WASHINGTON, DC - House Majority Leader Eric Cantor may be heading to Tampa with the rest of the Republican Party to fete Mitt Romney and Rep. Paul Ryan, but he won’t be addressing the convention.
Although members of Congress are not generally the centerpiece of national conventions, Cantor’s absence from the speaker rolls is notable. In addition to being one of the party’s most powerful leaders, Cantor is close friends and political allies with Ryan.
Indeed, Ryan, Cantor and House Majority Whip Kevin McCarthy – who is also not speaking – founded the so-called “Young Guns” that helped recruit much of the 87 Republican freshmen who swept the GOP into power in 2010.
Cantor is also the highest ranking Jewish politician in America, making him a unique surrogate for Romney, who has made courting Jewish voters a priority while making his stance on Israel a key plank in his foreign policy platform.
And it’s not as if Capitol Hill isn’t going to be represented. According to a GOP official, in addition to Speaker John Boehner, other members of the House and Senate addressing the convention include Senate Minority Leader Mitch McConnell, Sens. Rand Paul Kelly Ayotte, Marco Rubio, John Thune, John McCain and Rob Portman, and Reps. Cathy McMorris Rodgers and Connie Mack.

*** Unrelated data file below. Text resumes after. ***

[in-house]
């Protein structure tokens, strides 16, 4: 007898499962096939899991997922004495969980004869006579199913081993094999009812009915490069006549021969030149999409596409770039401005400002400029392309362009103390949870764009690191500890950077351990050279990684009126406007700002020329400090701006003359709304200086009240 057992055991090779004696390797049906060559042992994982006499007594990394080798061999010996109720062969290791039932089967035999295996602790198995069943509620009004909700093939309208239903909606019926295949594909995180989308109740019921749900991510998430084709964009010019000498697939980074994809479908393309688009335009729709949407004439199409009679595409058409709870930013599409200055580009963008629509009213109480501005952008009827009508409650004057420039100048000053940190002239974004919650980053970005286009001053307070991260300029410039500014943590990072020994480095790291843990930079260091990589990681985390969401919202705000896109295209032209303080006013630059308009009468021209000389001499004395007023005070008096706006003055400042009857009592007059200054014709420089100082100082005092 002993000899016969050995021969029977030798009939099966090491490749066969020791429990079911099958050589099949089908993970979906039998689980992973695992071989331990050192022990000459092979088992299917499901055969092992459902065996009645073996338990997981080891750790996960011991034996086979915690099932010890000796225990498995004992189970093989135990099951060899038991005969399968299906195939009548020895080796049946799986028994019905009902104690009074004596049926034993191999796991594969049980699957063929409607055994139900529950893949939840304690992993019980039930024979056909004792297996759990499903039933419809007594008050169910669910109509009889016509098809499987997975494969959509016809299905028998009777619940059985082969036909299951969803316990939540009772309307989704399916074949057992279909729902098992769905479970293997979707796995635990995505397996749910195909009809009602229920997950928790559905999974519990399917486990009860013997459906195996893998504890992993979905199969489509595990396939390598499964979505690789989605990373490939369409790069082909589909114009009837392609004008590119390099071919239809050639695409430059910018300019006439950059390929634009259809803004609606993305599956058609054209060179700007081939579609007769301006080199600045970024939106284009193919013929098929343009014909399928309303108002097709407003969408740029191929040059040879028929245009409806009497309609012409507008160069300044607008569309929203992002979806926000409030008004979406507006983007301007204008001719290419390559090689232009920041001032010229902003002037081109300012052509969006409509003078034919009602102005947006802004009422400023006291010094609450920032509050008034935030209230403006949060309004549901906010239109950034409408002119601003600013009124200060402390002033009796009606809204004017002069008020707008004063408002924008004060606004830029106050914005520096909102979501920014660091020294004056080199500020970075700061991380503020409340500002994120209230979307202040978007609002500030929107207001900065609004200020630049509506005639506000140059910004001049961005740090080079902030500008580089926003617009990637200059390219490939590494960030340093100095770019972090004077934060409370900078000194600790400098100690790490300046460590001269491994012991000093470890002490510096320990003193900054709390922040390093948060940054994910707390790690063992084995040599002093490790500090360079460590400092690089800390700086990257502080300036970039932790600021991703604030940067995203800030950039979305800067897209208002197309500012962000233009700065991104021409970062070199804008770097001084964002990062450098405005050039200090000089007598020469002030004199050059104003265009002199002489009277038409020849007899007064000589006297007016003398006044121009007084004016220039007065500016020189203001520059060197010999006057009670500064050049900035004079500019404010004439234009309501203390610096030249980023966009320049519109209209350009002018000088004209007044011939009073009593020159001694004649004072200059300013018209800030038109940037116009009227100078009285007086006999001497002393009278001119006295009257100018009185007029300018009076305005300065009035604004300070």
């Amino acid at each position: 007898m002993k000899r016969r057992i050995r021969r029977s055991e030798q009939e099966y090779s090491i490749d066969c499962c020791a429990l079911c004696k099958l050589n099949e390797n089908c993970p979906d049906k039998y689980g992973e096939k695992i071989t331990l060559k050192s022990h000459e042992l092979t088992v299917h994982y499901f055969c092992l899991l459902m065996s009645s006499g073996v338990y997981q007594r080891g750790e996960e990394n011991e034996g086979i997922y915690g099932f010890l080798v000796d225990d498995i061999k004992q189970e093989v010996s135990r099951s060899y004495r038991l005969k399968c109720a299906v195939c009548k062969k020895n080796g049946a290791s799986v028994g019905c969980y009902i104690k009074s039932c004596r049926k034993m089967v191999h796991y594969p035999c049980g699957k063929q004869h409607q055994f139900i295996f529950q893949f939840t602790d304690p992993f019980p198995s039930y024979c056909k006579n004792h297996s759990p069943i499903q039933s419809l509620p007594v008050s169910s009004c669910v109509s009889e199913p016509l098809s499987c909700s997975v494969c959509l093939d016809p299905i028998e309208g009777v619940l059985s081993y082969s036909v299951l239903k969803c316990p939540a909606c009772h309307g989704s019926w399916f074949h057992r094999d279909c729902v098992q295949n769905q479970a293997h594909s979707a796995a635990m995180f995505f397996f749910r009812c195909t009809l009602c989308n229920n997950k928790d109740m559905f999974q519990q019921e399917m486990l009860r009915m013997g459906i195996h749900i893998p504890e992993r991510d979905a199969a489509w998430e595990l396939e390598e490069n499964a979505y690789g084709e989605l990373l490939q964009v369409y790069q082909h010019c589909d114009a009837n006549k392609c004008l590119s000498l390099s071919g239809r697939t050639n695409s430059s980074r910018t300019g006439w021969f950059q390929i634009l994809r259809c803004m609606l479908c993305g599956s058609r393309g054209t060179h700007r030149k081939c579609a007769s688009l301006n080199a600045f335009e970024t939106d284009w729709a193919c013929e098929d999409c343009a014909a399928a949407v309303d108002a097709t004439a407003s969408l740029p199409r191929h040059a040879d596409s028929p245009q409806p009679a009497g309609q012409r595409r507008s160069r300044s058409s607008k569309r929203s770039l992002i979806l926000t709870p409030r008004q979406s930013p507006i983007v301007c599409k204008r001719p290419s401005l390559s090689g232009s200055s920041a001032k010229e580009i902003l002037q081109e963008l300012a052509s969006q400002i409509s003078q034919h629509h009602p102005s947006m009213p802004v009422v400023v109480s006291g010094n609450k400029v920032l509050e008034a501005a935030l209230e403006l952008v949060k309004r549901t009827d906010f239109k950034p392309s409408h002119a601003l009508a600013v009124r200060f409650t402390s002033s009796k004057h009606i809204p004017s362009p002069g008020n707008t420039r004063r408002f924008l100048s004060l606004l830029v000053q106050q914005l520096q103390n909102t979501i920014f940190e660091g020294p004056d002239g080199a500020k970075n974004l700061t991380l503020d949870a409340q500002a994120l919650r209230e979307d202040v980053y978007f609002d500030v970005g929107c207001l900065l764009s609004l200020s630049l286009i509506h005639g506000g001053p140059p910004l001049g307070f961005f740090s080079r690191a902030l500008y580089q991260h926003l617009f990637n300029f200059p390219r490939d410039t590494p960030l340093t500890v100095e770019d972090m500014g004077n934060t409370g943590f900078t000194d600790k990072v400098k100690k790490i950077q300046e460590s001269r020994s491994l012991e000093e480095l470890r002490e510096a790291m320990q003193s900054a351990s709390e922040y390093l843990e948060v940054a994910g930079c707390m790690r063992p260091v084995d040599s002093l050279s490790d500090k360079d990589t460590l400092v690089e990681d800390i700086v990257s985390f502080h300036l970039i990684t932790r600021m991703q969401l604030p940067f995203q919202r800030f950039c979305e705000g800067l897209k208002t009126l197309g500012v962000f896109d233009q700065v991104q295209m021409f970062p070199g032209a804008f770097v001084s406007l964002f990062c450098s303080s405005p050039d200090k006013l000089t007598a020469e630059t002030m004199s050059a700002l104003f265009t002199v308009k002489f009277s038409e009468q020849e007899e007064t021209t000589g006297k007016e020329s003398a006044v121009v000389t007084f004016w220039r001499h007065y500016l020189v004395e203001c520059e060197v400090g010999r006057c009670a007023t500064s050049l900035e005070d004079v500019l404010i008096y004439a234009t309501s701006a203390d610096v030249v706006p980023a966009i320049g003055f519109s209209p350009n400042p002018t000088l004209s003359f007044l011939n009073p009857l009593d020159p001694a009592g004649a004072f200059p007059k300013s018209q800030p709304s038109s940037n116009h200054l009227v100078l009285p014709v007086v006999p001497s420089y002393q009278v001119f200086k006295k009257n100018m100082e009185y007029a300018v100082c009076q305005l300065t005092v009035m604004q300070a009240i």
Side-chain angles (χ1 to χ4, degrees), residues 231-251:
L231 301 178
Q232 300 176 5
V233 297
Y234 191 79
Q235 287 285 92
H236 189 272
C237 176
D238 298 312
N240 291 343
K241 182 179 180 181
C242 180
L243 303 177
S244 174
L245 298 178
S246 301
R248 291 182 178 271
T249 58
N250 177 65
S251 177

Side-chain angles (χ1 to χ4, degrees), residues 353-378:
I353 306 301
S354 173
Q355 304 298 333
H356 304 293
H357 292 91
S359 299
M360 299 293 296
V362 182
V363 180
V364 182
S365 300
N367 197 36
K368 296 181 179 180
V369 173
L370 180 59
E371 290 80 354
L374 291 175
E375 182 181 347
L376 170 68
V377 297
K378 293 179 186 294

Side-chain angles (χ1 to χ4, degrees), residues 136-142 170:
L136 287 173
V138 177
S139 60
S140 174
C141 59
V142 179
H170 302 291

While it is unclear why Cantor has not been asked to speak, the Romney campaign and national Republicans have been increasingly unhappy with the House GOP generally following weeks of embarrassing episodes ranging from Rep. Todd Akin’s incendiary comments about rape to the revelation that a group of Republican lawmakers drunkenly went skinny dipping in the Sea of Galilee during a trip to Israel last summer.
A spokesman for the convention did not immediately return a request for comment.
UPDATE: An earlier version of this item said that Sheriff Joe Arpaio would be speaking at the RNC. He will be addressing some delegates from Western states, but will not speak from the podium.
John Stanton is a national reporter for BuzzFeed News and is based in New Orleans. In 2014, Stanton was a recipient of the National Press Foundation’s 2014 Dirksen Award for distinguished reporting of Congress.
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